Baseball, America’s favorite and somewhat declining pastime, is caught in an interesting paradox when it comes to the future. In terms of revenue, it is thriving – a record $8 billion in 2013 as new TV deals from national and local partners have proved lucrative. The league has also been an innovator in the digital realm using streaming video, social media engagement and the embrace of mobile apps, like “At The Ballpark” and “At Bat,” as smart extensions to cater to fans in the new media environment while enhancing their experience at the ballpark and at home.
However, while TV/cable networks are filling the owners’ and players’ pockets with cash, the fact remains that viewership is trending down, and ballpark attendance is flat over the past several years. Not to mention that the sport is slowly losing relevance with young people as fewer kids are playing Little League or even watching it on TV. So, why are TV revenues trending way up?
It likely has more to do with the state of the TV business than baseball itself. In a streaming, on-demand, multi-screen, DVR world, sports are the last bastion of programming that people watch in real time. This may explain why national networks such as ESPN, TBS, Fox and regional sports channels are paying handsomely to secure the rights to broadcast them. Sports programming is a weapon to halt the march of cable and satellite cord cutters. For all the talk about content, there is nothing quite like live sports. It is actual reality TV with a compelling narrative, ever-changing themes and stars people truly care about.
Eventually, however, the traditional cable distribution channels will fall apart just as the music business, newspapers and magazine industries have experienced. It’s inevitable, technology disruption only moves in one direction – forward. When that happens, baseball will be left with a game living in the past with an older and declining fan base unless they can make some changes and bring the game more in sync with the way people consume media in a multi-screen, 140-character world.
How can MLB take a cue from other sports to revitalize the game before its too late?
1. Keep the game moving by limiting stops and commercial breaks.
The NHL has done this to great effect and MLB will need to be just as creative in generating in-game revenues. There are various ways to accomplish this including product placement, sponsorships and in-game advertising via chyrons or other digital elements that do not depend on old-fashioned interruptive TV commercials that no one wants to see anyway. In order to keep people interested baseball needs to speed up the game and reduce the time investment needed to watch on TV or go to the park while cutting down on the endless slogs lasting, quite often, past midnight.
2. Other leagues, and successful businesses in general, have no trouble changing rules to keep their games modern. Baseball must do the same.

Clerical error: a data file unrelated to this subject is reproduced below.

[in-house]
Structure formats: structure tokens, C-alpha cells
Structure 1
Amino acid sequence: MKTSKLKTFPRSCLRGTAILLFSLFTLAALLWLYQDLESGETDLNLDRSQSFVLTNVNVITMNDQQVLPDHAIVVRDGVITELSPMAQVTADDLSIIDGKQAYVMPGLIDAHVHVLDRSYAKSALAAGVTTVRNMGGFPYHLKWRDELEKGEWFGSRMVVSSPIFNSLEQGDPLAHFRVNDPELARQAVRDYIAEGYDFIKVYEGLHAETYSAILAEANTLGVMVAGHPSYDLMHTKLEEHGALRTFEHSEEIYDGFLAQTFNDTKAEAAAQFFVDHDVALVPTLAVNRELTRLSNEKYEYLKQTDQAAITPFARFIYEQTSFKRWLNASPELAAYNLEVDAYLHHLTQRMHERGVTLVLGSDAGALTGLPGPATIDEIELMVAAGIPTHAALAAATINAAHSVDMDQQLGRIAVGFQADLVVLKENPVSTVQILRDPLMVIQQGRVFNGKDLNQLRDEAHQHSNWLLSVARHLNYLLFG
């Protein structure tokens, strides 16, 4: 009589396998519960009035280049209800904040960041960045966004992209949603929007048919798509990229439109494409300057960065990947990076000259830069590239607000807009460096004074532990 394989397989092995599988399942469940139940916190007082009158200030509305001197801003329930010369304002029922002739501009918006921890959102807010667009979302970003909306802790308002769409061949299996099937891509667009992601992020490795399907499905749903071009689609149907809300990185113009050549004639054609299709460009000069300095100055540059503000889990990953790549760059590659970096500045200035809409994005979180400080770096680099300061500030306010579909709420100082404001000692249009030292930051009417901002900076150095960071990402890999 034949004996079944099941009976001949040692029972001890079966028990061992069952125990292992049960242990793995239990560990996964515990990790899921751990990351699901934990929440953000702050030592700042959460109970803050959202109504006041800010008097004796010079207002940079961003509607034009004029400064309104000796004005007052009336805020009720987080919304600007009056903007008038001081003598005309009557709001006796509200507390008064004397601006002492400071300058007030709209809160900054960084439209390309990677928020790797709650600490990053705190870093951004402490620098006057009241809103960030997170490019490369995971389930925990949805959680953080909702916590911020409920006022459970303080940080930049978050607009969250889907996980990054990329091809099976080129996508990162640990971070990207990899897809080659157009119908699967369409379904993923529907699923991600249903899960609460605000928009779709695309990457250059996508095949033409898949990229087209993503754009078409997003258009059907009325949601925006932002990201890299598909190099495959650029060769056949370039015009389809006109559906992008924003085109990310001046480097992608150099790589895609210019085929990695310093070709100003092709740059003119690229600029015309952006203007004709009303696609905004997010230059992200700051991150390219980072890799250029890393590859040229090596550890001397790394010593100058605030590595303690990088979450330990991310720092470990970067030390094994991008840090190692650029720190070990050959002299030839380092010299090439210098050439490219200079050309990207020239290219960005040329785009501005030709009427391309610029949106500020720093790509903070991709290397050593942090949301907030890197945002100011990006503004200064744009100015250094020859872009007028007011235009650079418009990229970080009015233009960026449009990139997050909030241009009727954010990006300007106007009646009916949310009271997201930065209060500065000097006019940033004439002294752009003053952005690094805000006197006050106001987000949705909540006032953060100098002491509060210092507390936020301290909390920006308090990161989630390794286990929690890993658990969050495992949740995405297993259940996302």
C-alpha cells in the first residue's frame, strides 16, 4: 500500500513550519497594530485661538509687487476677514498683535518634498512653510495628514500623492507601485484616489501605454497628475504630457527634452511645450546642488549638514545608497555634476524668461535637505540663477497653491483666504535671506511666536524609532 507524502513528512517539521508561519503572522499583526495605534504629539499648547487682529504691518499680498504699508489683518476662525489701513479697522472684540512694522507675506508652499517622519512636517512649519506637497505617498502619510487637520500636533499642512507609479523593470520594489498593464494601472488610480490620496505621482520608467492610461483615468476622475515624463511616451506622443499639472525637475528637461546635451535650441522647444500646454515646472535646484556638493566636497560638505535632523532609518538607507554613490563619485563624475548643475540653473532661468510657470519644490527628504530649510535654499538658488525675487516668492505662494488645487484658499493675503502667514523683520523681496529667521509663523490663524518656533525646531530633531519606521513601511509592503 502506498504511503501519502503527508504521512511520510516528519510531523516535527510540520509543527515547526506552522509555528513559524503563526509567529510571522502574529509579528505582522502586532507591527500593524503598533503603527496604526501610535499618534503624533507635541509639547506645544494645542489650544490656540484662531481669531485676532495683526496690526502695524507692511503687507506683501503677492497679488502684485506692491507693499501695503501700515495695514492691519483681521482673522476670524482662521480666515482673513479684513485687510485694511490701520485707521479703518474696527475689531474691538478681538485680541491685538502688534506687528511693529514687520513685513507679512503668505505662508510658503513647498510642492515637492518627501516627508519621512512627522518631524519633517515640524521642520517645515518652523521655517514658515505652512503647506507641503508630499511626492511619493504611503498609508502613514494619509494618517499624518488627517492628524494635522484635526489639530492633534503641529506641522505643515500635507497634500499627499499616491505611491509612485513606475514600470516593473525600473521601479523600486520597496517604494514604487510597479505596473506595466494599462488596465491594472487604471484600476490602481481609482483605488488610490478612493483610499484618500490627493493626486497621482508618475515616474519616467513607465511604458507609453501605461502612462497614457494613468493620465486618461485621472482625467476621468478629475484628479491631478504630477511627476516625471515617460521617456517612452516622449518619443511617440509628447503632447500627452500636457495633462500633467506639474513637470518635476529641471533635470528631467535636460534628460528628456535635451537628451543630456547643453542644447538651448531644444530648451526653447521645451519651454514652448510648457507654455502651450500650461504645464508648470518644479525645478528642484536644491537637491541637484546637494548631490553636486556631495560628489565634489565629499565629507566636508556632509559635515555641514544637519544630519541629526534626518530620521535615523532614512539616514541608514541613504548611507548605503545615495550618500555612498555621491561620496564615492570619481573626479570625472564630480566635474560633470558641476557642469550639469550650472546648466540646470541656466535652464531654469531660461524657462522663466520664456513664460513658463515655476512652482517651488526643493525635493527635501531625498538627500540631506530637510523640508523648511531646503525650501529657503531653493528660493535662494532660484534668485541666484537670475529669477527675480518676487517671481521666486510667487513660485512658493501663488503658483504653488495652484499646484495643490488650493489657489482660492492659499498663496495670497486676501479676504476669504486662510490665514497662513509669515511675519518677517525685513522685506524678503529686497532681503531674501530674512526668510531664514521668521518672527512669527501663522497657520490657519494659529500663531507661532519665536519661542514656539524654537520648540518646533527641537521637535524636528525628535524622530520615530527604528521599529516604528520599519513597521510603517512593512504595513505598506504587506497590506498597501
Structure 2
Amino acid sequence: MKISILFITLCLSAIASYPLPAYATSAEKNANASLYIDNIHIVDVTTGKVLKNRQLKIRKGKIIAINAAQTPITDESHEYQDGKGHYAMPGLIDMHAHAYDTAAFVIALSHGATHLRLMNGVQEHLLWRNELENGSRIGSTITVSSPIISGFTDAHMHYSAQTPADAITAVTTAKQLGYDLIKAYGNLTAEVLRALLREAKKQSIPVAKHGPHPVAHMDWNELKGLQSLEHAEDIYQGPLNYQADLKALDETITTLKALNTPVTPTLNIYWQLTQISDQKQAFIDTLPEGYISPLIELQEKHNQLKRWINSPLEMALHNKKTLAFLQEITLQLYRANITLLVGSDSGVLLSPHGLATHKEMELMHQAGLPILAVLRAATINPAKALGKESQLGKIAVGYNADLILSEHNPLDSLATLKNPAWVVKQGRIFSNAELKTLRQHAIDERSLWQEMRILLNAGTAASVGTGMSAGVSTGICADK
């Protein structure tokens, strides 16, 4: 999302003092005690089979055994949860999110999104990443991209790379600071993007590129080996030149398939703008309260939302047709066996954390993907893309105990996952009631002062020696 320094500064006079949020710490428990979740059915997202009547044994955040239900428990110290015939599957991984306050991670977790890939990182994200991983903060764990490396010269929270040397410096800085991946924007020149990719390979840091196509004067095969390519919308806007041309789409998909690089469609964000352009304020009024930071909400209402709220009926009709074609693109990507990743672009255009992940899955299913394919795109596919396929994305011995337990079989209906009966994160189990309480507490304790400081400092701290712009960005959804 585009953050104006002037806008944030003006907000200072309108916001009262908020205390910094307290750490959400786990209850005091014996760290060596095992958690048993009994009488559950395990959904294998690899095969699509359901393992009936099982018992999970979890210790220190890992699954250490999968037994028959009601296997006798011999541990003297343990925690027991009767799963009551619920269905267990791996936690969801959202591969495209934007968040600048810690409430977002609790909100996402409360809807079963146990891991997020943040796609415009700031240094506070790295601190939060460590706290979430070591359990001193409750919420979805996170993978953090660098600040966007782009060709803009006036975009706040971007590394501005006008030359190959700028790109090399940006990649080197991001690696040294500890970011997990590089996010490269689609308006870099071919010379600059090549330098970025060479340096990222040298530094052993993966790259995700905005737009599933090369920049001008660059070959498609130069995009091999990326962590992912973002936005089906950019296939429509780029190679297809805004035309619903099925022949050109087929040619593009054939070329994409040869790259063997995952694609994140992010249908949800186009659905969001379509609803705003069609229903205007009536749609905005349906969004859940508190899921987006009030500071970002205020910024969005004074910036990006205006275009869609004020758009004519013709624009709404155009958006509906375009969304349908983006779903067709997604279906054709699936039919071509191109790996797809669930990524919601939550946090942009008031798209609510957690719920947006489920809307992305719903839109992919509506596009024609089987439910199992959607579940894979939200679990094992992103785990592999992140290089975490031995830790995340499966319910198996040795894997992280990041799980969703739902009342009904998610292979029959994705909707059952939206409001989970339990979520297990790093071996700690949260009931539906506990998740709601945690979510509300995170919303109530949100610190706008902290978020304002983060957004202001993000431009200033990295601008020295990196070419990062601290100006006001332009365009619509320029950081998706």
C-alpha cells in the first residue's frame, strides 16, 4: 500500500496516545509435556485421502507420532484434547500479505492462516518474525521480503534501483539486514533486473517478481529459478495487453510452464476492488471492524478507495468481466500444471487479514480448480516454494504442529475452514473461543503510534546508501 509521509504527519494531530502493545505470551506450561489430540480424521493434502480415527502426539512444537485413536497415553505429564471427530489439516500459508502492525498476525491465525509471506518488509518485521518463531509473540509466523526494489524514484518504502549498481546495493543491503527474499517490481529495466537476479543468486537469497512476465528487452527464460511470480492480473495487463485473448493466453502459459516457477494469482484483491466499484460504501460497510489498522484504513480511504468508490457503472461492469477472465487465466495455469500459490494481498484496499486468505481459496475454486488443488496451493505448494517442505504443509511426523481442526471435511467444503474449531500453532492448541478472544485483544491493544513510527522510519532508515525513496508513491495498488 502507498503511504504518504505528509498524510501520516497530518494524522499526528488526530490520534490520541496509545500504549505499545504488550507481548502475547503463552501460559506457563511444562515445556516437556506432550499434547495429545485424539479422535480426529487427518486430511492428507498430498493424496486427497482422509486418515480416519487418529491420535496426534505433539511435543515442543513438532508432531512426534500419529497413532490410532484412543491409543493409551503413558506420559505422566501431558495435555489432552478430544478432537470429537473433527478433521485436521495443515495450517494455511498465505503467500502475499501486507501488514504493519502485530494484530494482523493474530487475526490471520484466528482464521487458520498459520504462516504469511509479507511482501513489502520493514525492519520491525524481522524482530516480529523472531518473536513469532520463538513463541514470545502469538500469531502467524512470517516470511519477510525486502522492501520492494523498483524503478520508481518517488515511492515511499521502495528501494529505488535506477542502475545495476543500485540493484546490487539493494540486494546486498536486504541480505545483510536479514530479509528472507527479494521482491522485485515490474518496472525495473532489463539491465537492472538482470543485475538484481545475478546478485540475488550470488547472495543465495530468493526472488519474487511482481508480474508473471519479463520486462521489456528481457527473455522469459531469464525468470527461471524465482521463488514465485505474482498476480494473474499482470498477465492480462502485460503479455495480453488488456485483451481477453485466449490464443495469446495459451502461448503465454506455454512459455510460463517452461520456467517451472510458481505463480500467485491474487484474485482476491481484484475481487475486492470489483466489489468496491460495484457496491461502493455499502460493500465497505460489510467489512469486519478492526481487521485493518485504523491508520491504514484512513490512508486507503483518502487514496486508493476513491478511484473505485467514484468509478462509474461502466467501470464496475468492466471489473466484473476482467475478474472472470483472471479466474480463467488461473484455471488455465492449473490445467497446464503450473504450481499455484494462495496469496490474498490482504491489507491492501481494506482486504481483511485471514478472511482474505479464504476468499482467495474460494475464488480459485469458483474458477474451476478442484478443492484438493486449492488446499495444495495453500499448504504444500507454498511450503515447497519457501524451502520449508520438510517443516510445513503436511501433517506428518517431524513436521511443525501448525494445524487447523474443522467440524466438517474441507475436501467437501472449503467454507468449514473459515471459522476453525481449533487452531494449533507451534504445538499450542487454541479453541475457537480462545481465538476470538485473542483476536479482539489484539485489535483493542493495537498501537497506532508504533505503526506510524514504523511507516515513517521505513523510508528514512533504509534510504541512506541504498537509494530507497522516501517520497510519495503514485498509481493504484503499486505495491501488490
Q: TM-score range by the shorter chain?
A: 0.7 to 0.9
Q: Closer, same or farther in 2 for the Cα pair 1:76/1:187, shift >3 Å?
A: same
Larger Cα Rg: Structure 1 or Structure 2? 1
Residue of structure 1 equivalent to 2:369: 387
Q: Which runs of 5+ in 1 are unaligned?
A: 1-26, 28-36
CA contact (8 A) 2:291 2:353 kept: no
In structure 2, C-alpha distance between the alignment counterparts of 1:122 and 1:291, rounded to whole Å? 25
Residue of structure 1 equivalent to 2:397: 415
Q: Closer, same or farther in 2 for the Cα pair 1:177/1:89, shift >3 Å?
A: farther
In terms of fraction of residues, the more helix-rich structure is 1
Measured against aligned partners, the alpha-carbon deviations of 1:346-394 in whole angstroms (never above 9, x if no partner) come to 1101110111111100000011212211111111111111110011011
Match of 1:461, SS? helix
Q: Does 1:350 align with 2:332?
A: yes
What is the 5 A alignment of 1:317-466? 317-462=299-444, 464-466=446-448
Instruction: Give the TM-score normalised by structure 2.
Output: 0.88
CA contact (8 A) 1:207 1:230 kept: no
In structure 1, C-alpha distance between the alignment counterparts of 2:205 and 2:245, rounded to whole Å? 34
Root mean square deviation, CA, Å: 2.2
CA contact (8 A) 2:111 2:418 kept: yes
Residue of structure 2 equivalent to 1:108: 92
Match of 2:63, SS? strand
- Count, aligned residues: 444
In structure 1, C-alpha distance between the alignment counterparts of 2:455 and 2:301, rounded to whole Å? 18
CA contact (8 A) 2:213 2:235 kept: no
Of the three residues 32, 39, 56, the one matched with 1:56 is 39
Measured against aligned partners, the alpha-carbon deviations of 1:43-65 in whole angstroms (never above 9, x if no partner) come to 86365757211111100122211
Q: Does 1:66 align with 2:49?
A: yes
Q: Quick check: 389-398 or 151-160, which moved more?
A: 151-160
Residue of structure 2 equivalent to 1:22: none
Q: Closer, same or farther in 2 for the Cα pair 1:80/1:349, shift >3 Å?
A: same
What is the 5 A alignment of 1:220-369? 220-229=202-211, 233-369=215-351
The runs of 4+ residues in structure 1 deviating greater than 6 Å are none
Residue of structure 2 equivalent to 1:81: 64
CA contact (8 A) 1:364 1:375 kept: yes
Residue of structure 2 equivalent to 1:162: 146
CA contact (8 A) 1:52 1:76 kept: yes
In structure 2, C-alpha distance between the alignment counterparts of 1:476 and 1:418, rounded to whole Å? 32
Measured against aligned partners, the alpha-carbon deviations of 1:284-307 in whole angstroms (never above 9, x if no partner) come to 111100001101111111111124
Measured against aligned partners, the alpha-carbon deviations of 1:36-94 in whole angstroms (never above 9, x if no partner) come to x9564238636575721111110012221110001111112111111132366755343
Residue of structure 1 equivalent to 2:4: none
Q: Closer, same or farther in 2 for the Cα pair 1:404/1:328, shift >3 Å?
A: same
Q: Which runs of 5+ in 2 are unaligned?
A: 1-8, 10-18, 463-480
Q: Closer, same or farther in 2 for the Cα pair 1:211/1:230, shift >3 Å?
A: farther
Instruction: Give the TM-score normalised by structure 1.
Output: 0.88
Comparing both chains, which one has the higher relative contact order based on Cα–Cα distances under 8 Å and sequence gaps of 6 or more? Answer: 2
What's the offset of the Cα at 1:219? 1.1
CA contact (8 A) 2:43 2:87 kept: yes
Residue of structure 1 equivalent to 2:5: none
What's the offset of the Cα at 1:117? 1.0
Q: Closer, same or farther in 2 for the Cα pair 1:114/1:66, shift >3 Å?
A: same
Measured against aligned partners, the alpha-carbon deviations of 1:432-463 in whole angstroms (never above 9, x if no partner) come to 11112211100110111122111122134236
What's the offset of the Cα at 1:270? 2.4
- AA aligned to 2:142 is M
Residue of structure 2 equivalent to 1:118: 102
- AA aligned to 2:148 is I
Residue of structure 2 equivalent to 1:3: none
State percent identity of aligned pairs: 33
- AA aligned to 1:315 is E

First, umpires should enforce the actual strike zone up to the chest because more strikes amount to fewer pitches. They could also put up a 20-second pitch clock (like the NBA’s 24-second shot clock) to keep things moving along. Similarly, since they don’t want to discriminate solely against the defense, the batter can’t fully leave the box once he steps in or he could be charged a strike. Watching a batter step out and adjust his gloves or his jersey after every pitch is simply not captivating entertainment. These minor changes could result in more efficient and exciting games which, in this day and age of shortened attention spans and endless distraction, will be important in keeping viewers interested.
3. Most importantly, focus on stars and stories.
The NFL and NBA are masters of creating larger-than-life personalities, themes and stories around their big stars. Consider the storylines of the NBA playoffs and the incessant chatter about the Miami Heat and LeBron James and the Celtic’s Big Three (okay, maybe that was a few years ago, but let me hang onto this one). The bottom line is, the narrative drives the excitement. These leagues understand that stars mean merchandise sales, TV deals and ticket revenues. Football does a spectacular job as well. Can Seattle repeat? Can Brady win one more ring? Is this Manning’s last year? You will hear these themes over and over, nicely coordinated between the league and their media partners. Think about it, one doesn’t have to be sports fan to know all about LeBron v. Kobe or Brady v. Manning.
Baseball is blessed with a wealth of young, talented players and an unrivaled history, but as the 2014 season begins, I have to wonder where the narrative is that is supposed to draw people in. Baseball should be applauded for being a leader on digital/mobile/social media channels, but now it’s time to properly craft the content and the stories that make it through the pipes.